lished more than three decades ago, which has now grown to include 10 historic buildings on site, vast numbers of collections and artifacts, but also ongoing workshops, tours, festivals, trails and classes, including a state-certified public school teacher on the premises to teach classes based on a Florida-approved curriculum. The TIGER grant application was based on the NAC plan to promote interconnectivity among Indiantown neighborhoods by linking neighborhoods to neighborhoods, building sidewalks, and adding bike and hiking trails, which also would have moved local traffic off the main intermodal system. Now, there's an additional element that will make any grant application for adding roads to improve a neighborhood's design even more attractive—an innovative approach to cost-efficient, yet effective stormwater treatment. The Community Development Department, in conjunction with the county Engineering and Utilities departments, has developed a solution that nearly halves the cost of stormwater treatment projects by keeping and treating stormwater runoff within the roadbed, instead of by installing large pipes and acquiring large tracts of land to build stormwater treatment ponds. “We're going to resurrect that TIGER grant,” Freeman said, “but we're not stopping there. Indiantown has great potential, all the necessary elements are in place....This program (in Indiantown) will get on the desk of a lot of grant agencies.” ■


A workshop for the Indiantown community started with a nearly blank idea board that residents filled before the day ended.

achieve critical national objectives that impact a region or a metropolitan area in areas of safety, economic competitiveness, state of good repair, livability and environmental sustainability. DOT officials also evaluate projects on their expected contributions to economic recovery, ability to facilitate innovation and form new partnerships, particularly within Enterprise Zones, as is Indiantown. In determining what differentiated the winning grant application from Indiantown's, Freeman was told by DOT officials that Indiantown “didn't have the partnerships in place that add value” to the grant application, and which will bring the Indiantown CRA's ideas to life. “This room is full of partners,” he said. The visioning plan that evolved during the morning sounded similar in many respects to Barberville's Pioneer Settlement in Volusia County, estab-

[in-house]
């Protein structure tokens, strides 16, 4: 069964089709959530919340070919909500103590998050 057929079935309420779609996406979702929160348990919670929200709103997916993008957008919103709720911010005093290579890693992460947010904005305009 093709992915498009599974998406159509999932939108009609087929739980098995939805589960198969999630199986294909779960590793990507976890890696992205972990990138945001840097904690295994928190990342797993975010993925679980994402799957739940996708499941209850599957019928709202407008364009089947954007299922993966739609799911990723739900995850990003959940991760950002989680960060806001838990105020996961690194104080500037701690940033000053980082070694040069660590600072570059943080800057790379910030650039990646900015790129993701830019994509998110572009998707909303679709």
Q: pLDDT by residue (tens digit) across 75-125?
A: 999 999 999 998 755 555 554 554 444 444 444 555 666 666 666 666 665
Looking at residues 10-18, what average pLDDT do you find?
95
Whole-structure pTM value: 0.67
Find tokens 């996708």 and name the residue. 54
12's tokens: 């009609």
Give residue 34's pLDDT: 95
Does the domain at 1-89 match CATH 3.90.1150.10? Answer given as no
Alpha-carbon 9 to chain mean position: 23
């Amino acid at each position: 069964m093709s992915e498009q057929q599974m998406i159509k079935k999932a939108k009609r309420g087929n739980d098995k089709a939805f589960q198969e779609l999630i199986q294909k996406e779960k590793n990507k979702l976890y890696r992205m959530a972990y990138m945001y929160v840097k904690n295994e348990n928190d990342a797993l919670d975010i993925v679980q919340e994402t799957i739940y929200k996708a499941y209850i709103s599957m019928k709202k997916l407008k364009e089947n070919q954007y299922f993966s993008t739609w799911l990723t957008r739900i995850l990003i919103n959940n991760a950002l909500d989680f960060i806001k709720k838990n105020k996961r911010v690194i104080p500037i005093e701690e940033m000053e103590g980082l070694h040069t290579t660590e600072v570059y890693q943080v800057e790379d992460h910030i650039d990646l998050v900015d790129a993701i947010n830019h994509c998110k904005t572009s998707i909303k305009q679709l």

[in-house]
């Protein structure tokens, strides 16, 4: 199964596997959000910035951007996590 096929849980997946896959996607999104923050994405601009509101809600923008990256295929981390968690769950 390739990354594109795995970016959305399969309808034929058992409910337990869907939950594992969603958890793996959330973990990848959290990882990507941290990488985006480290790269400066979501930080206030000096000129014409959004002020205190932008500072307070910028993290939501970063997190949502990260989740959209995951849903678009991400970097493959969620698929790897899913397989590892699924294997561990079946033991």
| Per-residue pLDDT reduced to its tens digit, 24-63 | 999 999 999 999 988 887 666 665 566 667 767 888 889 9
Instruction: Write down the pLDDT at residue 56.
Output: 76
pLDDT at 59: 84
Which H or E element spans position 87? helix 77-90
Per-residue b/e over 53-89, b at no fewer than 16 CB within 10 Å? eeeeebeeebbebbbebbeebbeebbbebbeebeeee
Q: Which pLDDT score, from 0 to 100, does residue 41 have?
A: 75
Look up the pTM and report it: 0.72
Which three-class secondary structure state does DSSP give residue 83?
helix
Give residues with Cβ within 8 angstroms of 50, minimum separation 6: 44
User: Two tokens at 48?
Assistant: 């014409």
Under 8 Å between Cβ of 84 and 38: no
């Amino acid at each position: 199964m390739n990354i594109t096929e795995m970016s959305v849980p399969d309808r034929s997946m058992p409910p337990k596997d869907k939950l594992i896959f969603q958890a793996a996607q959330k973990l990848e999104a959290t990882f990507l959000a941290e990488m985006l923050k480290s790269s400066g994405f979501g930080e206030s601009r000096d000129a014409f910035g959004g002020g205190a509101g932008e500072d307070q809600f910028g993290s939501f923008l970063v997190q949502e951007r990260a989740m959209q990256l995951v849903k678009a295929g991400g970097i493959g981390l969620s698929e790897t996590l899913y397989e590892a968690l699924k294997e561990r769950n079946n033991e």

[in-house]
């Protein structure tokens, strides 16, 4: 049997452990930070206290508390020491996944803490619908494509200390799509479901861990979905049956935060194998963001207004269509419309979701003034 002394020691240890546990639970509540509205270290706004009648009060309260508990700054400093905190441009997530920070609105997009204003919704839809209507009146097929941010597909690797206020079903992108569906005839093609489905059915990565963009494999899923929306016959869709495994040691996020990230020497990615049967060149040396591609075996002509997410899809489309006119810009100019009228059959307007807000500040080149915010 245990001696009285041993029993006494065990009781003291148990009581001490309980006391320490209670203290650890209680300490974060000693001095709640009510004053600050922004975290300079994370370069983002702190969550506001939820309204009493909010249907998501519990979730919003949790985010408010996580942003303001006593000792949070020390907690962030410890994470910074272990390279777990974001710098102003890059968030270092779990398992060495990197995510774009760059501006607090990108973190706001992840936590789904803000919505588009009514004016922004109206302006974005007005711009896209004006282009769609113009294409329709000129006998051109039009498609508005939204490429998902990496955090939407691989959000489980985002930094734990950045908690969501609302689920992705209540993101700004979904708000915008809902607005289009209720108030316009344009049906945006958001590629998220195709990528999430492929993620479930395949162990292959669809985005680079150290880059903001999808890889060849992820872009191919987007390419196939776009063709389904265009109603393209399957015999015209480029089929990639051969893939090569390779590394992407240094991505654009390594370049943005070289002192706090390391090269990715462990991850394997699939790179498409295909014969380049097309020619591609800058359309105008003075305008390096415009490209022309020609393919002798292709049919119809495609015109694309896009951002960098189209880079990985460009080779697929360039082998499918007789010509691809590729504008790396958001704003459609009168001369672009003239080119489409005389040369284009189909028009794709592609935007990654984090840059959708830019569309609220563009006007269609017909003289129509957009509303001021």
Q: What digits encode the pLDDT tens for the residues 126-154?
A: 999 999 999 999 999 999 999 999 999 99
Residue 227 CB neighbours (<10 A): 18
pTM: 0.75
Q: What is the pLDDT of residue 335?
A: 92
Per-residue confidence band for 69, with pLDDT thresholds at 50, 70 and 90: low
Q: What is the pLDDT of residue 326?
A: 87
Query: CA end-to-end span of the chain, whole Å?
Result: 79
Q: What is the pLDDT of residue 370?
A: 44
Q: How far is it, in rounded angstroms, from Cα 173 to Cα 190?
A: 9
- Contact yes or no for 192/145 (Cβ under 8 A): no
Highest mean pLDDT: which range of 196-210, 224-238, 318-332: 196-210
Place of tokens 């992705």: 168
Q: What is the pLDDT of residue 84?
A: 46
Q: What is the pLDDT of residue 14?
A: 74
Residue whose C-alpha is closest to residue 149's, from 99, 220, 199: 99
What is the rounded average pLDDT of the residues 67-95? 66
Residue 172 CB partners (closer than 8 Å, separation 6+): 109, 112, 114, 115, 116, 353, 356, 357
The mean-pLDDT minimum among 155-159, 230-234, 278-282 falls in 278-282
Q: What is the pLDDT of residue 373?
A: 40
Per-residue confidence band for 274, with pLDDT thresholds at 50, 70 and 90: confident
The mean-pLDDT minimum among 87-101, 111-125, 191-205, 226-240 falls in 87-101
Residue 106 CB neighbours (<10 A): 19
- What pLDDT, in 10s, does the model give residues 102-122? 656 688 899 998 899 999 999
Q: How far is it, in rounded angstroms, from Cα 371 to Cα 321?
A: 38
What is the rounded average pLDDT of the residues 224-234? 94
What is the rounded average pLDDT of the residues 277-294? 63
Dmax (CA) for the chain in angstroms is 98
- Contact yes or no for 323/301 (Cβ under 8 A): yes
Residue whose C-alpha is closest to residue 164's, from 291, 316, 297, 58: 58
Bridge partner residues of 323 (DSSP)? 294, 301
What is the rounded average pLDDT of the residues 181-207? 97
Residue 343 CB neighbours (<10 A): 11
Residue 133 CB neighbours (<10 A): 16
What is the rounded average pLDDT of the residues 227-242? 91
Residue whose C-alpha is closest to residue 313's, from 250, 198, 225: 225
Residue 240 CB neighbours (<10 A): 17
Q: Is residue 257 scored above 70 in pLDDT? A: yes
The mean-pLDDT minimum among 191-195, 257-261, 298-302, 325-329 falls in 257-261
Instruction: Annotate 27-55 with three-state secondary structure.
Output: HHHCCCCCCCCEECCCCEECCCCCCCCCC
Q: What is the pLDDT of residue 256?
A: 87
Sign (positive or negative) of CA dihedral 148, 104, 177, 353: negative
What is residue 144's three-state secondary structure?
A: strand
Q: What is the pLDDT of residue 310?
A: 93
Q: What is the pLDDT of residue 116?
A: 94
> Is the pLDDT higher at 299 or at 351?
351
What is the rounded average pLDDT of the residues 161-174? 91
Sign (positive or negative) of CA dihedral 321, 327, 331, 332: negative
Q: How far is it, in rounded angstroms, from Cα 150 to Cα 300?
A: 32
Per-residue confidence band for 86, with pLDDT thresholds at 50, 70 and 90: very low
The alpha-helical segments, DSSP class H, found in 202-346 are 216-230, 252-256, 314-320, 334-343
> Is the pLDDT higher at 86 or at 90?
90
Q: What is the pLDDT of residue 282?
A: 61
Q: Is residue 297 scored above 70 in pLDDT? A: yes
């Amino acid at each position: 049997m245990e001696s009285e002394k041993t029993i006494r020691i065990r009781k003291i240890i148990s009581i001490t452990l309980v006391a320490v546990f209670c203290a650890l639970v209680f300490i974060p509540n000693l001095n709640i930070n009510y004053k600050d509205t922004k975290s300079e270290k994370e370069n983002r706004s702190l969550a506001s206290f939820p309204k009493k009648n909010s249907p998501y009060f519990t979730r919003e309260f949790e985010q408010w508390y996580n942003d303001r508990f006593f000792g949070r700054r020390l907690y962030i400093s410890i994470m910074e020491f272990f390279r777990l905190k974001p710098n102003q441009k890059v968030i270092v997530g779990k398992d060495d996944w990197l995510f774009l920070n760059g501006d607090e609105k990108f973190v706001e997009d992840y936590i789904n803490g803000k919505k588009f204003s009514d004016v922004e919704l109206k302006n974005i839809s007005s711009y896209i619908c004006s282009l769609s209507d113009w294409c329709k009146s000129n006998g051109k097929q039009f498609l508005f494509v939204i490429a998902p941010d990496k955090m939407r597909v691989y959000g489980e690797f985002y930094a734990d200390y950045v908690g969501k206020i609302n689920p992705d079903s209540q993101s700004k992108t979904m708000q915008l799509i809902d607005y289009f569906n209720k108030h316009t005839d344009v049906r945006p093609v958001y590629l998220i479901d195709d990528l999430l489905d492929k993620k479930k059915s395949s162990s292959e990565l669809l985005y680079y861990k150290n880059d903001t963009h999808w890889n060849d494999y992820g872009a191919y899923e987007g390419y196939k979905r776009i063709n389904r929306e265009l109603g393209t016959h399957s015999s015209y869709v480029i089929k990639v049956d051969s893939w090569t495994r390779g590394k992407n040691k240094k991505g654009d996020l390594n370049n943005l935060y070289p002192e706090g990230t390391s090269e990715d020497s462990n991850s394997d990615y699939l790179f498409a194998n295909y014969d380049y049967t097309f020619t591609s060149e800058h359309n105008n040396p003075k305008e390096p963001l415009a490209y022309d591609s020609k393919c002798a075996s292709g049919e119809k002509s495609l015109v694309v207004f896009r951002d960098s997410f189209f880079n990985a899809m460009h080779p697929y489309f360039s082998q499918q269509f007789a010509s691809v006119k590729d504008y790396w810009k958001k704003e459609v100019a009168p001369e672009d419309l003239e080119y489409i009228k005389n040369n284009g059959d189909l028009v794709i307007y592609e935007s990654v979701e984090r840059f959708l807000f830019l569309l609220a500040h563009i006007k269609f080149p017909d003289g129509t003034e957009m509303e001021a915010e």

Brazilian Blowouts and Split End Treatments


at THE



Insist your landscape contractor buys plants & trees from a reputable Martin County resource!


Commission will be discounted to 4.25% with 6 month listing agreement and sold by Debra Parker

Call for appointment

9025 SE Bridge Road, Hobe Sound




Local Businesses Support Girls 14U Dream
Barbara Cook Pitcher, 3rd Base Tequesta Lauren Bostwick Outfield Okeechobee Destiny Young Outfield Stuart Shayne Hewitt Shortstop Vero Beach Devon Clowdus 1B, Outfield Hobe Sound Ashley Gamache Catcher Palm City Alex Batton Shortstop Jensen Beach

In August 2012, when pitcher and third baseman Barbara Cook of Tequesta,
then only 12 years old, walked into the Atlanta Braves' stadium in Orlando to play in the USSSA World Series of girls fastpitch softball, she knew it was a special moment. “The stadium was so big,” she said her eyes widening to match the scope of her memory, “and there we were, our whole team, standing right in the middle of the Atlanta Braves stadium. The Braves! I just started bouncing up and down, I was so happy.” She bounced up and down on her toes again as she talked about her World Series experience two years ago during a recent practice at the Lance Corporal Justin Wilson Park softball field in Palm City. After graduating to the 14-U Cruisers travel team of the Martin County Girls Fastpitch Softball League, Cook and her